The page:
Regardless of whether or not you are a development aficionado or a relative laymen to the global development context, you would have heard of the Millennium Development Goals, or MDGs which were set for achievement by 2015. The Goals consisted of a set of targets in an attempt to end global poverty. One of the targets that was the most synonymous with the possibly for change was the MDG#2: Achieve Universal Primary Education. At the time, it seemed like the only precursor for achievement of this target was around boosting education institutions and quality training of teachers in developing countries. However, the results which were seen at the end of the 2015 deadline suggested that the necessary levels of inclusion within primary education, especially in relation to girls and children with disabilities had not been considered or factored into the process; as a direct consequence of this, the goal had all but failed.
As I travel around the globe I continue to see the same patterns when it comes to children with disabilities and their attempt to access basic education. In most cases, children are either so badly stigmatised and discriminated against in their context that they are societally unable to access education or there are no flexible learning options available for them to access. When we think about access to education it’s difficult to see beyond the parameters of merely the physical aspect of accessibility; which in itself is a difficulty. I have consistently heard stories in India on my travels of children with physical or mobility disabilities being unable to attend school because the classrooms are inaccessible to their wheelchairs or mobility aides. Of course, this is easily fixable, the installation of ramps and handrails can be inexpensive and easy to install. However, these aren’t the only barriers of access to education which children with disabilities have to face each and every day of their lives.
Consider if you will, a child with a visual impairment. How would this child access his/her school? How would he/she get to school? When he/she enters his/her classroom, how would he/she know where to sit? When his/her teacher starts conducting classes and using the blackboard for the daily lesson, how would he/she know what was being taught? When his/her teacher referred the class to the relevant lesson and activity within the associated textbook how would they learn without being able to see this learning module? Beyond just the classroom other barriers also exist, such as: what would happen when this child needed to use the restroom? Will there be accessible toilets around? How would this child find their way to these toilets when the only form of signage is visual? How would this child be protected against abuse when accessing such community toilets which are 500m’s away, due to the school not having toilets of their own?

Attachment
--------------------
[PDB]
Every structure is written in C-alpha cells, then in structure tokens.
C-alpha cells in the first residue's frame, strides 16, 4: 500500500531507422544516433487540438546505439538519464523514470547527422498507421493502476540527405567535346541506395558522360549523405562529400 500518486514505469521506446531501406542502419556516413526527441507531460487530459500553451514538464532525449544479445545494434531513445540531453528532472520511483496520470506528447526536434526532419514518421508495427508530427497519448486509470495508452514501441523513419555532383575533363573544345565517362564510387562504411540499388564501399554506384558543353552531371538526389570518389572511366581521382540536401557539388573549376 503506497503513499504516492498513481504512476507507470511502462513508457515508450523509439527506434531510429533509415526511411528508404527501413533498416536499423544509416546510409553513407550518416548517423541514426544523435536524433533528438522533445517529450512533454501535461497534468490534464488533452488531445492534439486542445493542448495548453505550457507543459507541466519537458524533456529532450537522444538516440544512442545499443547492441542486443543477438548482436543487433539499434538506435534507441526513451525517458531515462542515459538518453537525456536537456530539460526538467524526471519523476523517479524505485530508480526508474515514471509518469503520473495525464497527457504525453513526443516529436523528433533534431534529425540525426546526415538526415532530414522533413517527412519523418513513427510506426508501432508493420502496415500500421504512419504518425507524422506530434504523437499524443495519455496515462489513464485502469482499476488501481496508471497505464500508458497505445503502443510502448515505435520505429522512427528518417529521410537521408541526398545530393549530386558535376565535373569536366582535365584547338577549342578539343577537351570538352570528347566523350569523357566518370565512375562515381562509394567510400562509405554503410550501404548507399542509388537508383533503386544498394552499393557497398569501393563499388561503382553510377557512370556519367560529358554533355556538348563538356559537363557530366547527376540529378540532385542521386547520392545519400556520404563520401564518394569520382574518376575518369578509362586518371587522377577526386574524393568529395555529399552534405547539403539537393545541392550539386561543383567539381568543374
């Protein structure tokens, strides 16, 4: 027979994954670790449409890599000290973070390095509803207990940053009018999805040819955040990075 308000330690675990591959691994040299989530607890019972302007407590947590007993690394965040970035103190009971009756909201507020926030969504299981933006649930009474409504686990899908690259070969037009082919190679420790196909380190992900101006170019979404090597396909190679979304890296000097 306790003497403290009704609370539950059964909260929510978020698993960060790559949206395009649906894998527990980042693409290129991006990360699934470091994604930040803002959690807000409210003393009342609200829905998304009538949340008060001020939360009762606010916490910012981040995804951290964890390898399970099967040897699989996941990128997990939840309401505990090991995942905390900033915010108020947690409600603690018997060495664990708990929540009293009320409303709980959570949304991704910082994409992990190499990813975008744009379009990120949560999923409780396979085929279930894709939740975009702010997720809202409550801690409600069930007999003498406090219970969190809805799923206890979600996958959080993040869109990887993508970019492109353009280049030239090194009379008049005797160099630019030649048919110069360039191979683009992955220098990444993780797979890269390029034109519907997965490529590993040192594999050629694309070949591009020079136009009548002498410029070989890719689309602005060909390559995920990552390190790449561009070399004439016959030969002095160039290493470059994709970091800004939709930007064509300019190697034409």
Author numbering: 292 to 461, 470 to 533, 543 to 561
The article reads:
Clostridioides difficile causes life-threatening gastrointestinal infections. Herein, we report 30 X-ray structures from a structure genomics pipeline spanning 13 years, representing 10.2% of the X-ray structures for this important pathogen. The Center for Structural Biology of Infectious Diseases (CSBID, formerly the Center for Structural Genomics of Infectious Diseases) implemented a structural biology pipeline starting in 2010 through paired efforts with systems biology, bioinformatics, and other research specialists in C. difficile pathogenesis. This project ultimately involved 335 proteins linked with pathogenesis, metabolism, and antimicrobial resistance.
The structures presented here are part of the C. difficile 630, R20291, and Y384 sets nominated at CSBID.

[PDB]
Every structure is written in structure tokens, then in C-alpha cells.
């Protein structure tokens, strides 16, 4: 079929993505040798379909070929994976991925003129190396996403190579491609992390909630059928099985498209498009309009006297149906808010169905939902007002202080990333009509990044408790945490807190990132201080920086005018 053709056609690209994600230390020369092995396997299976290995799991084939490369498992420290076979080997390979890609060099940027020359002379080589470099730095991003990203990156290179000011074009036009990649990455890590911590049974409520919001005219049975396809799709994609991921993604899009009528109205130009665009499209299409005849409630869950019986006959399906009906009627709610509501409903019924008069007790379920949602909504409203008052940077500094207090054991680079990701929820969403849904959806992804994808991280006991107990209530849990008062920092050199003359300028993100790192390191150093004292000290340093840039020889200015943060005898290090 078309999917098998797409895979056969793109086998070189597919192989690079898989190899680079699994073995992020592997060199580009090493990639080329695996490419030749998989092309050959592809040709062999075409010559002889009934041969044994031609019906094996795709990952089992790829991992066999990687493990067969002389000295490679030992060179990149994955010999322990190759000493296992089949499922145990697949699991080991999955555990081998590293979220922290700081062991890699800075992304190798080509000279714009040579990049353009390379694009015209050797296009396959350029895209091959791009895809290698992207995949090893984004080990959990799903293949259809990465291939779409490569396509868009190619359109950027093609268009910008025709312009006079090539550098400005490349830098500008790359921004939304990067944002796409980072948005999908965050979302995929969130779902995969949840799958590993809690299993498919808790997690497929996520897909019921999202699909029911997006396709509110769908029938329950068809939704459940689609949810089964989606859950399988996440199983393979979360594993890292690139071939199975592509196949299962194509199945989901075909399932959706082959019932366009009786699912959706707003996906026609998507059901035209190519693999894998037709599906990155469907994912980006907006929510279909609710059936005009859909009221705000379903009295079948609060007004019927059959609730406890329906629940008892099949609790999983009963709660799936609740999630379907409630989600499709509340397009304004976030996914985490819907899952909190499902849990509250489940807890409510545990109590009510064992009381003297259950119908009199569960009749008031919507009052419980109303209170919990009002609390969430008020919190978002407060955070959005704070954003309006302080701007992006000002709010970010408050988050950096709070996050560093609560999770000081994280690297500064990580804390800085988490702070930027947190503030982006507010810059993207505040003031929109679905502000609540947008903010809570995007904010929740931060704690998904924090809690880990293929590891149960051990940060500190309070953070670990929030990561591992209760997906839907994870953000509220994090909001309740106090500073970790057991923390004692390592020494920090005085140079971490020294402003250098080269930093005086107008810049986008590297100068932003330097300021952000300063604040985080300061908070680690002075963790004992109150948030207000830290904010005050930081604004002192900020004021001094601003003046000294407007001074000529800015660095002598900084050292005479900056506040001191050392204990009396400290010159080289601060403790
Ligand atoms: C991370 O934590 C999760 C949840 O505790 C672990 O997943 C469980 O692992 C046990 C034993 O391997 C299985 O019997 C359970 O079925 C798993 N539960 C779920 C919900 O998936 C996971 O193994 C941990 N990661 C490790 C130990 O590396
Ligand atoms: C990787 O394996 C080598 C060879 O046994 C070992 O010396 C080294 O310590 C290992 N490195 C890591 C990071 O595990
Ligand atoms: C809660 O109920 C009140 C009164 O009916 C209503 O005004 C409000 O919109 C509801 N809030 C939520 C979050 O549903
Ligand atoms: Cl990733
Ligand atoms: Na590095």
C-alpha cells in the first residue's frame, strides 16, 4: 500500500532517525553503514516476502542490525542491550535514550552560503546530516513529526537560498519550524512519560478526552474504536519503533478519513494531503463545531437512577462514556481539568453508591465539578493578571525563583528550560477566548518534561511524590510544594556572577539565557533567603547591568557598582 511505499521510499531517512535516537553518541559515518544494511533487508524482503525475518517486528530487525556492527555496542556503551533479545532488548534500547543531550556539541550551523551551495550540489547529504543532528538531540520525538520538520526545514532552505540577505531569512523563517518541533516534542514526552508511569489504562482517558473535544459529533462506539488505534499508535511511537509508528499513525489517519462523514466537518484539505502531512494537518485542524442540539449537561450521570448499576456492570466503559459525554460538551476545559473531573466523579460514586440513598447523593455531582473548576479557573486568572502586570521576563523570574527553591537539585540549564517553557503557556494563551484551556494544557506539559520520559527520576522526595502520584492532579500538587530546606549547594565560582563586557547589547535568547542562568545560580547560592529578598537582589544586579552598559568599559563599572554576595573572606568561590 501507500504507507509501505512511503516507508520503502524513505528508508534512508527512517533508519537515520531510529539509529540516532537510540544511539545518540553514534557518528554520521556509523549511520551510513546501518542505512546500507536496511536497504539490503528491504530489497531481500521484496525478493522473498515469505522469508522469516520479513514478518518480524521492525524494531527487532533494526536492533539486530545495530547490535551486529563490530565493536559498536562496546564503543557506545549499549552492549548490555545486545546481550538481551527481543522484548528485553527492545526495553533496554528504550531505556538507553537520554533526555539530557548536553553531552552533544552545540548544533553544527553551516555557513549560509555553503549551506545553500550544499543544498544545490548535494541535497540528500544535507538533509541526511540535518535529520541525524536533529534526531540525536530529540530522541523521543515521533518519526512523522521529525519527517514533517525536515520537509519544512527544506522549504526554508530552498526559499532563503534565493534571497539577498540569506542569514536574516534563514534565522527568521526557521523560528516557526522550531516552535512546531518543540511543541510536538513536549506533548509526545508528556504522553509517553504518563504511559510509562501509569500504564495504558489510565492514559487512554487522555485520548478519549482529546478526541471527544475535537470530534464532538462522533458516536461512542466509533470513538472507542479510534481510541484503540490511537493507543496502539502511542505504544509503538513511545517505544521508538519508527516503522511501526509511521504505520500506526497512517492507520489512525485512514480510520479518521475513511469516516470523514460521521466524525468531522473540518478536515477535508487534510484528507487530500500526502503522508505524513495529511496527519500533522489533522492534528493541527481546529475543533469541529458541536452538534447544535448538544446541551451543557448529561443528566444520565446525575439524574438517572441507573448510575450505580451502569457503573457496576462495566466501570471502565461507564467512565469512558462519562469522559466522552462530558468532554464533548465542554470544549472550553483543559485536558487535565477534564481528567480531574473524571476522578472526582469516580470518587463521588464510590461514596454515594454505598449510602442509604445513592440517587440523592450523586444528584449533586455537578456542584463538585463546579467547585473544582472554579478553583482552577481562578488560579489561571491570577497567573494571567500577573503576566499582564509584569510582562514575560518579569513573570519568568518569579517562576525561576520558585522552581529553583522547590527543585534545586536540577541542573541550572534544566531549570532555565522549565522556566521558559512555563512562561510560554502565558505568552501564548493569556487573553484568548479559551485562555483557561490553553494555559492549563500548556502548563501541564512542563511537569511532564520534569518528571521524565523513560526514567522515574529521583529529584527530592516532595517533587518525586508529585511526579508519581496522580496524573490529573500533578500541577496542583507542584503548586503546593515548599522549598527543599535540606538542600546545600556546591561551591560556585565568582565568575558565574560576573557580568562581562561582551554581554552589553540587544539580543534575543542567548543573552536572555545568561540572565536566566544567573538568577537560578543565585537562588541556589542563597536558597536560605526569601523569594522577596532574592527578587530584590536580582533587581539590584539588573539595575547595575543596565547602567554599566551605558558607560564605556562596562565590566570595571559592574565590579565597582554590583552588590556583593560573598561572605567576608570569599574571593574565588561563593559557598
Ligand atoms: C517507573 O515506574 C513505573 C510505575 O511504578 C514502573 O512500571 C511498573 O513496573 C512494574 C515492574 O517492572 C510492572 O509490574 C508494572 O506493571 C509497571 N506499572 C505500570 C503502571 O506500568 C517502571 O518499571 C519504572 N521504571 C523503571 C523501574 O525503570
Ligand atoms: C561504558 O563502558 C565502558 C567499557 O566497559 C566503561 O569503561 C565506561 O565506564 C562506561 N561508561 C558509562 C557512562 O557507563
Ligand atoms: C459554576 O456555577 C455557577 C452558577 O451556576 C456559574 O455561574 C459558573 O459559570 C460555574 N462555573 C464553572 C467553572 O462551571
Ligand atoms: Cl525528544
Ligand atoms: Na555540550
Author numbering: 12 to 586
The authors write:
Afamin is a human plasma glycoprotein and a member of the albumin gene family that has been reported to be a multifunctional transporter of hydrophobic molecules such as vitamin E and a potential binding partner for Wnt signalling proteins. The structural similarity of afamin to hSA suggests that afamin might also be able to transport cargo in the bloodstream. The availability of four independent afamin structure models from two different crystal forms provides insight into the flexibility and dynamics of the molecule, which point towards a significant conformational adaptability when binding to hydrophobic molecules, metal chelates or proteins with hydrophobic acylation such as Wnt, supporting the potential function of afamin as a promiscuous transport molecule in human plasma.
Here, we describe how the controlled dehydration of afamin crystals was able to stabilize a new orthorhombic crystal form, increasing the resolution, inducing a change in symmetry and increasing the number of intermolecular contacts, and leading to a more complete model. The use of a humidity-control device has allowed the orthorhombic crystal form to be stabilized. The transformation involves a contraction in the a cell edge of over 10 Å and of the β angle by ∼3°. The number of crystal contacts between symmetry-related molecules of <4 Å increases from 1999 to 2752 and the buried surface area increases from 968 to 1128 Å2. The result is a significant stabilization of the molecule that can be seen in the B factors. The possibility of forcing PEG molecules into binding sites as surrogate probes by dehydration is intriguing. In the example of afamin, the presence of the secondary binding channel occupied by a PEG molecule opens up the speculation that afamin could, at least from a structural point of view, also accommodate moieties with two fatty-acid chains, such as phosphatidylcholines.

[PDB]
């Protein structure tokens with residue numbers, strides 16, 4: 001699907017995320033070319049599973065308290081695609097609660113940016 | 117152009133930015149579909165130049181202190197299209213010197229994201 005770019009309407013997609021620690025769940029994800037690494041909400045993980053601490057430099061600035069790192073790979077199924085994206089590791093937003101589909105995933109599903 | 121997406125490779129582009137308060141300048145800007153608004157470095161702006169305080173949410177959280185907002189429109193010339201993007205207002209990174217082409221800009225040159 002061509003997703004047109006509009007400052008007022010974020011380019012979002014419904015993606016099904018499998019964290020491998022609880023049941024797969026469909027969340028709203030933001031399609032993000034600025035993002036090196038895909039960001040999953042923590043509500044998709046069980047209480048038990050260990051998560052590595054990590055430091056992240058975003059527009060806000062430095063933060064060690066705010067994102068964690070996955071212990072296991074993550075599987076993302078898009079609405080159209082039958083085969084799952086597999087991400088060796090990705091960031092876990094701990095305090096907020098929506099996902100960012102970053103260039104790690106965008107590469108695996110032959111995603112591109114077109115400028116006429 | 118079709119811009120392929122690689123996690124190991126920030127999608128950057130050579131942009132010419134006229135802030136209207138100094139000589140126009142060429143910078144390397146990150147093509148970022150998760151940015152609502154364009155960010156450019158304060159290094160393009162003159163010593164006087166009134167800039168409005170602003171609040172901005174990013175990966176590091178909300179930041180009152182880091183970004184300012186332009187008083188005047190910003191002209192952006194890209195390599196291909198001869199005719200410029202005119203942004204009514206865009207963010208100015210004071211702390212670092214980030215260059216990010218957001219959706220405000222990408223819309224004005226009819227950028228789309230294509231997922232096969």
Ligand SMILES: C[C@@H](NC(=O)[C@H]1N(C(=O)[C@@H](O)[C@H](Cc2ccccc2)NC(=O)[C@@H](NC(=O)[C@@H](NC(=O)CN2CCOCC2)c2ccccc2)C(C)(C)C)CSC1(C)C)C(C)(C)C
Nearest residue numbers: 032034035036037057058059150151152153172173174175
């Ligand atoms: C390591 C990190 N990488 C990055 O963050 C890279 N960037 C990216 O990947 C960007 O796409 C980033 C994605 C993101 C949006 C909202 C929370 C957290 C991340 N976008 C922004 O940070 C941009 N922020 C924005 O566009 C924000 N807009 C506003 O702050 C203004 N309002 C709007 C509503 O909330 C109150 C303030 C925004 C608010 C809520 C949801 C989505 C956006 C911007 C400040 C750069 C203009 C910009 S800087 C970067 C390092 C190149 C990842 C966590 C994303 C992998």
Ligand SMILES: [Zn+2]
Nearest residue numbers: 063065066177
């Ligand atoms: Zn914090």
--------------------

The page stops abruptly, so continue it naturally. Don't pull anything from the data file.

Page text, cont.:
The above are all questions associated with the daily experience of children living with disabilities and attempting to exercise their basic human right of access to primary education. In most cases, the parents of these children give up and choose to keep their children at home due to the difficulties associated with access and learning. We’re now talking about an entire generation of children who are able to learn and contribute to society through turning their education into income generation vocations, being crowded out of the process completely. These issues while rampant in developing nations are not just experienced solely in these areas; if you were to investigate a little further, one would find they are just as common in ‘developed’ nations such as our own. The truth about the theory of inclusion is that, we’re not fairing so great on the pursuit or practice of it. The MDG’s complete black out when factoring in children with disabilities in their universal education goal is proof of this. Unfortunately, on most occasions, and apparently even on the global stage, these children remain invisible to the goal of ending poverty. Until we begin to understand that including those who are marginalised and at the very peripheries of society are key to changing the world for the better, no lasting change will ever be achieved. So next time you consider who is accessing opportunities and how to invest in making this endeavour better, look beyond the obvious and think about those who are unable to even reach the point of access in the first place.
*Image courtesy of CBM India